• BSP keeps rates, inflation forecasts

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    Philippine monetary authorities left the central bank’s policy settings unchanged, announcing after their policy meeting on Thursday that inflation is expected to remain manageable this year and 2018 despite risks tilted toward the upside.

    The Monetary Board kept its inflation forecast for 2017 at 3.4 percent, and for 2018 at 3 percent.

    The Board also said prospects for the global economy have improved, although risks surrounding its growth pointed downward. Despite the external headwinds, however, the outlook for the domestic economy remains intact, it said in a statement released after the meeting.

    The Board decided during the meeting to keep the reverse repurchase (RRP) facility rate at 3 percent.
    The corresponding rates for overnight lending and deposit facilities also remain unchanged at 3.5 percent and 2.5 percent, respectively. The reserve requirement ratio was kept steady at 20 percent.

    “The Monetary Board’s decision is based on its assessment of manageable inflation,” outgoing BSP Governor Amando Tetangco Jr. told reporters after the board’s penultimate policy meeting before he retires. Deputy Governor Nestor Espenilla takes over the top central bank post on July 1.

    Inflation within target

    The latest inflation forecasts remain within the target range of 3 percent ± 1 percentage point for 2017 and 2 018, the central bank said.

    In his official statement, Tetangco said market expectations remain anchored to the BSP’s inflation target over the policy horizon.

    “The Monetary Board also noted that the balance of risks surrounding the [Philippine] inflation outlook continues to be tilted toward the upside, given the transitory impact of the proposed tax reform program, as well as possible further adjustments in transportation fares and electricity rates,” Tetangco added.
    The government has a target range of 2 percent to 4 percent for annual inflation.

    Prior to reaching its final inflation outlook on Thursday, members of the Monetary Board had considered the rise in March inflation, which initially prompted an upward adjustment to the Board’s inflation forecast.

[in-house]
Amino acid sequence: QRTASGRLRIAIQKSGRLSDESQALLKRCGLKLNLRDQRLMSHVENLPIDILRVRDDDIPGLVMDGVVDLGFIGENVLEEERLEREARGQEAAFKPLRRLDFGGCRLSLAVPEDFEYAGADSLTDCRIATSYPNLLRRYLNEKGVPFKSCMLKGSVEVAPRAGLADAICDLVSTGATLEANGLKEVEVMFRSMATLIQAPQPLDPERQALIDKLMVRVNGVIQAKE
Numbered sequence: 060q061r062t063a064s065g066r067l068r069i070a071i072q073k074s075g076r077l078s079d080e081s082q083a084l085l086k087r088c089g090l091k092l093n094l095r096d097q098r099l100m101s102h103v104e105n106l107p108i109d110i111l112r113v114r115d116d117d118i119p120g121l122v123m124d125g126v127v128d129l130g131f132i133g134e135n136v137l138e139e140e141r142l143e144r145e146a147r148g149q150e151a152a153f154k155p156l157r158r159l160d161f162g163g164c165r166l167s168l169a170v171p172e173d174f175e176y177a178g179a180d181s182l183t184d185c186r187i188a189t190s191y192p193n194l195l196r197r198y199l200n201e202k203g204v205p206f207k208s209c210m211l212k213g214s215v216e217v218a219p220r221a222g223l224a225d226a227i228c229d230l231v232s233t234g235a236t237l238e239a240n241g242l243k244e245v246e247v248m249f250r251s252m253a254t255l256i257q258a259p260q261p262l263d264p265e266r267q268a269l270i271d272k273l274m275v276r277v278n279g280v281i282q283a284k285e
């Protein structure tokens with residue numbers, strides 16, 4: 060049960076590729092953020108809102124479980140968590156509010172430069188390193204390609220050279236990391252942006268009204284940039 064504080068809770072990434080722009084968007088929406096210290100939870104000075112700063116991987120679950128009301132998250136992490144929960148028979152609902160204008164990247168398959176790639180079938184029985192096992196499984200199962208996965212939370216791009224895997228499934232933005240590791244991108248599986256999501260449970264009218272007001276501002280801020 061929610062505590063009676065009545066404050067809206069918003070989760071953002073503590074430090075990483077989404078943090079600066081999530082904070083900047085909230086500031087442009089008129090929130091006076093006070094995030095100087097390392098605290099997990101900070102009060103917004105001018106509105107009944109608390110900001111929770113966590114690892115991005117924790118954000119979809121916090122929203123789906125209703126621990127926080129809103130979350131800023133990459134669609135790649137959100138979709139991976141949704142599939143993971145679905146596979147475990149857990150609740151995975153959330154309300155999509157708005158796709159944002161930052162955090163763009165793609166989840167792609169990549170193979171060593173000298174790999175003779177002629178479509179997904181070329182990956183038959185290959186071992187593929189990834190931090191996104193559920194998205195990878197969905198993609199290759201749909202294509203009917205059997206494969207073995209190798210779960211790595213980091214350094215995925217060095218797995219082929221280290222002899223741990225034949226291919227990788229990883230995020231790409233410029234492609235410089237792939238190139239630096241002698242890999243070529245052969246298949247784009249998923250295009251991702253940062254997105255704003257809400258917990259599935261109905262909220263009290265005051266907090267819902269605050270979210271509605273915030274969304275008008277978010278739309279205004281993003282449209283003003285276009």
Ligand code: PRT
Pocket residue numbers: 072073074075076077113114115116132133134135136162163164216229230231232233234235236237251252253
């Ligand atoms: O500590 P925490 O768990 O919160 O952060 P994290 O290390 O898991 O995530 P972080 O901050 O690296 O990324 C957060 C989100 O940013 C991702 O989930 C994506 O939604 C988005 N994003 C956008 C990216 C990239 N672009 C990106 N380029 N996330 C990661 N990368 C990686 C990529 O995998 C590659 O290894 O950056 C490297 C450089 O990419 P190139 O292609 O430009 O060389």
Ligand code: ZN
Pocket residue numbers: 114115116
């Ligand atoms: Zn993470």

In the end, however, easing Dubai crude oil prices cancelled out the upward push in overall prices, leading the Board to just keep the inflation forecasts unchanged.

    That was explained by BSP Monetary Policy Sub-Sector Managing Director Francisco Dakila Jr. at the press briefing, saying the central bank took into account the uptick in inflation in March and April, which “contributed to the upward adjustment in the inflation forecast.”

    “However, during the same period, there was a reduction in oil prices because of the lower outlook for Dubai crude,” Dakila said.

    Headline inflation in March rose to a two-year high of 3.4 percent, which remained the same in April.

    Dakila pointed out that the Monetary Board’s assumption for Dubai crude for 2017 has been lowered to $51.32 per barrel from the previous assumption of $51.94/ba. For 2018, the monetary authorities assume a $51.03/ba of Dubai c rude oil from $51.55/ba.

    “These are market-based assumptions so they can be changed at any time, but the offshoot is that those are the two main factors that influenced the inflation forecast,” he said.

    “So what happened was the two factors just balanced each other out so the inflation outlook was maintained and consequently, that was the major basis for the Monetary Board’s decision to hold its policy settings steady,” he explained.

    Improved global outlook, local economy buoyant

    On the global front, the Board said economic prospects have improved, but risks remain tilted to the downside.
    However, Tetangco said, “The Monetary Board emphasized that even amid external headwinds, the outlook for the domestic economic activity remains intact, owing to buoyant household consumption and private investment, increased government spending, ample liquidity and sustained credit growth.

    Going forward, he said the BSP will remain vigilant against any risks to the inflation outlook and will adjust its policy settings as needed to ensure that future inflation remains consistent with the medium-term target, while being supportive of sustainable economic growth.

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